The Goldbergs Review: Let’s Get Weird with “Weird Al!”

The Goldbergs, "Weird Al"

Ever since it was announced a few weeks back that The Goldbergs was going to feature Weird Al guest-starring as the 1980s version of himself, I’ve barely been able to contain my excitement. At last, that episode finally aired tonight, so let’s take a look at this week’s new episode (Season 3, Episode 15), appropriately titled “Weird Al.”

The main story in the episode, obviously, revolves around Adam’s love of Weird Al Yankovic and the way in which the musician inspired him in comedy. Luckily for Adam, Weird Al is set to perform in town, and the kid decides to surprise his girlfriend Dana with tickets. When she gets in, though, the young couple begins to realize that the things that they used to love doing together no longer mean as much now that they’re growing up. Adam’s surprise concert tickets amplify this, and it starts to seem like there’s no way they’ll be able to reconcile their new stages of maturity with their love for each other. Beverly realizes how much Dana means to her son, though, and she does whatever she possibly can to try and get the two back together after they “split.” It doesn’t really work, but the two end things on their own terms in a good way as they say goodbye and agree to grow up.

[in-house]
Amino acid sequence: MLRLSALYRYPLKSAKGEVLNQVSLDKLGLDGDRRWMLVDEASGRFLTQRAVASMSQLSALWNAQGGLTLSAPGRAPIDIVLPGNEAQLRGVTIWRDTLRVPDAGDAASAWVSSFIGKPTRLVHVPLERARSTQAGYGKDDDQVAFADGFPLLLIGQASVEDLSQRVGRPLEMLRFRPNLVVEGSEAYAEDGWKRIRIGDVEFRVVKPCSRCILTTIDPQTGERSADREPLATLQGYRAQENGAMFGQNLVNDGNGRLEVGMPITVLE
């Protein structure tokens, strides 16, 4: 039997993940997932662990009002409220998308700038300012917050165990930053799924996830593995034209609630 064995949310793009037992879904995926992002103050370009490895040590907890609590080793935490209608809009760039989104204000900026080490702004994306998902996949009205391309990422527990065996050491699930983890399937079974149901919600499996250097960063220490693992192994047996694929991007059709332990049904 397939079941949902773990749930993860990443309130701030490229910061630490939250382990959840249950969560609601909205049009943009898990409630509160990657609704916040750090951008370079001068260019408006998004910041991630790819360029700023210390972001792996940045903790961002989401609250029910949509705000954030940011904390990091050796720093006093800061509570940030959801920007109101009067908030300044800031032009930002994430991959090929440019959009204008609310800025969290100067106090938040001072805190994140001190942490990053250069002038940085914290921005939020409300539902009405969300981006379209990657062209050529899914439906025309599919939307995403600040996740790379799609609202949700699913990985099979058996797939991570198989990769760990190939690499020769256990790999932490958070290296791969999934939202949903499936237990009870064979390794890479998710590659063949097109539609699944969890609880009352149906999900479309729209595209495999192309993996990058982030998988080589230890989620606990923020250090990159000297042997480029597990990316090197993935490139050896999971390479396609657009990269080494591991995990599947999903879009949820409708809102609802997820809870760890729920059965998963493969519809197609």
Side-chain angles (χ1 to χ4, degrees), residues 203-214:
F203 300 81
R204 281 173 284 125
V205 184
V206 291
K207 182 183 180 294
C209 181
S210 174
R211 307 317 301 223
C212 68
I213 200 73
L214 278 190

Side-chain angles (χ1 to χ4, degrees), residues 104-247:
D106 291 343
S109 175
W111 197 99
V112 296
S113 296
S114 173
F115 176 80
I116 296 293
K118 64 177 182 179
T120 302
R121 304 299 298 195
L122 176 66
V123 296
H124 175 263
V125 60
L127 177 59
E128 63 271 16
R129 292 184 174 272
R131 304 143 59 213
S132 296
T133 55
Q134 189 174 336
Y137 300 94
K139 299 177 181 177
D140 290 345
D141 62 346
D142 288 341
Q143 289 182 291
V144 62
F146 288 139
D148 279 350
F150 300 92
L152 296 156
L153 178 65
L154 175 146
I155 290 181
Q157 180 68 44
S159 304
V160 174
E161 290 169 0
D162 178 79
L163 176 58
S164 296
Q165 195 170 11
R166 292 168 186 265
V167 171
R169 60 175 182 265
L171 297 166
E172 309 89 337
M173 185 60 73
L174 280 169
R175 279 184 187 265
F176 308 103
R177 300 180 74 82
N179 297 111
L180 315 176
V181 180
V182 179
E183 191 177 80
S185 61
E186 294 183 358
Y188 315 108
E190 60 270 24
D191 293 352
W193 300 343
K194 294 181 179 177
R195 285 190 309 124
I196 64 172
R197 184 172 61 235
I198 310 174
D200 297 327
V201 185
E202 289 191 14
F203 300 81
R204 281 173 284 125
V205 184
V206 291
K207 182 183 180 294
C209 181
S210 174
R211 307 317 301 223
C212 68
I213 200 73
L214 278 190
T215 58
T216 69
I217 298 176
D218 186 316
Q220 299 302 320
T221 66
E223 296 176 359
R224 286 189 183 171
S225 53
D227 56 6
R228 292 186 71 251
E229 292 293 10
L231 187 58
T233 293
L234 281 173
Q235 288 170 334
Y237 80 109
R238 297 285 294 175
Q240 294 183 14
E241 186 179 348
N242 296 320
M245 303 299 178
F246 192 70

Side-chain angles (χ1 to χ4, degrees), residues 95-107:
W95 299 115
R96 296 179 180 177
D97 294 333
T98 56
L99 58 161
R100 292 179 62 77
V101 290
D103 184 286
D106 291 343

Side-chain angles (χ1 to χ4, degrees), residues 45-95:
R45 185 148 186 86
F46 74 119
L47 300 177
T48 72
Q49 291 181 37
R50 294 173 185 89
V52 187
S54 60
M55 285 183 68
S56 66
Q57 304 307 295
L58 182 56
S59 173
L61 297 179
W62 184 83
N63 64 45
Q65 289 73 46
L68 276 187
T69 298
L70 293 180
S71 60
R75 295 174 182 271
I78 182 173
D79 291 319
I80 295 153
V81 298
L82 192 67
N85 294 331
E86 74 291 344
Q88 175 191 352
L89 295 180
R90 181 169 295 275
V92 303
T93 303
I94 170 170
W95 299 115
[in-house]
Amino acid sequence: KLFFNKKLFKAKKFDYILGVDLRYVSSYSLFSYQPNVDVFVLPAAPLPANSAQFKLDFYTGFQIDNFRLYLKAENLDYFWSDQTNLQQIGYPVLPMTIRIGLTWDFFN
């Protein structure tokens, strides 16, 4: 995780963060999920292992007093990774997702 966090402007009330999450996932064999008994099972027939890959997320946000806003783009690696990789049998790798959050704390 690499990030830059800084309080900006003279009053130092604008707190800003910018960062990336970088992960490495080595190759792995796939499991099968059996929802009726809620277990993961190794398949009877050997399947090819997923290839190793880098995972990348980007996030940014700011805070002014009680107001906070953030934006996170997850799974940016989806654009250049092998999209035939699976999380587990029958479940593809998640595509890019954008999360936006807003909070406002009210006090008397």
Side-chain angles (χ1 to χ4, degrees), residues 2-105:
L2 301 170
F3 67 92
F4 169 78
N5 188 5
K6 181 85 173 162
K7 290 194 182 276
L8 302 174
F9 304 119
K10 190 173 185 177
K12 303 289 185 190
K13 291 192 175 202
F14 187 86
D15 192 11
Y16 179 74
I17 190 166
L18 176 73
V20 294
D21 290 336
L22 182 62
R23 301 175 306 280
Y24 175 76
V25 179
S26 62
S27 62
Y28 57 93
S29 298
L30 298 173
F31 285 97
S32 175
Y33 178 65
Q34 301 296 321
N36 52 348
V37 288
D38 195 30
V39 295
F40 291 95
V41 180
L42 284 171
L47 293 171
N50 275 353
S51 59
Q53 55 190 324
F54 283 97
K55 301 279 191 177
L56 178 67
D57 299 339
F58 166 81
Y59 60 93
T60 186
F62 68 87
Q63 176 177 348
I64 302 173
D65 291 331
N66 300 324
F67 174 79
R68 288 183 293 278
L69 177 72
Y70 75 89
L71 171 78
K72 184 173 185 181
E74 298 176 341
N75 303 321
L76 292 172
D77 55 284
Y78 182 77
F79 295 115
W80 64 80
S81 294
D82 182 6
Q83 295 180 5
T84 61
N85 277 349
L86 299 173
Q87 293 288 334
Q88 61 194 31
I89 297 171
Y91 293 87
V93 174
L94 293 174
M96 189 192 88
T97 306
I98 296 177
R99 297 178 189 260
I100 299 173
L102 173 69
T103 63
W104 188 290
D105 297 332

“Weird Al” is a jam-packed episode, and the second story here deals with Barry and Erica signing up for the school’s new peer counselor program. The siblings butt heads over the best way to counsel, and the end up convincing each other that Murray is suffering from depression. The make a bet over who can “cure” their father first, and both make their best effort at making the depression better (including hypnotism and puppets). Nothing seems to work, so they call in their teacher in order fix their dad, but it ends up just showing them that Murray isn’t as depressed as they thought.

“Weird Al” could have been a one-off episode that took a fun concept and made that the joke, but it ended up being surprisingly touching and an important part of the “history” of Adam and the Goldberg family. Throughout these first three seasons, a lot of The Goldbergs has dealt with Adam falling in love with his first real crush, and we in the audience became heavily invested in the relationship. It was always pretty obvious that, with them being so young, it wouldn’t work out in the end, but the show did a fantastic job at capturing the emotion and heartbreak that all of us go through at some point in our lives. In addition, as expected, “Weird Al” did a fantastic job of including the titular guest star in the action, and his conversation with Beverly was one of the highlights of an already phenomenal episode.

Did you think that “Weird Al” lived up to the hype? How do you think The Goldbergs handled the situation? Let us know all your thoughts down below!

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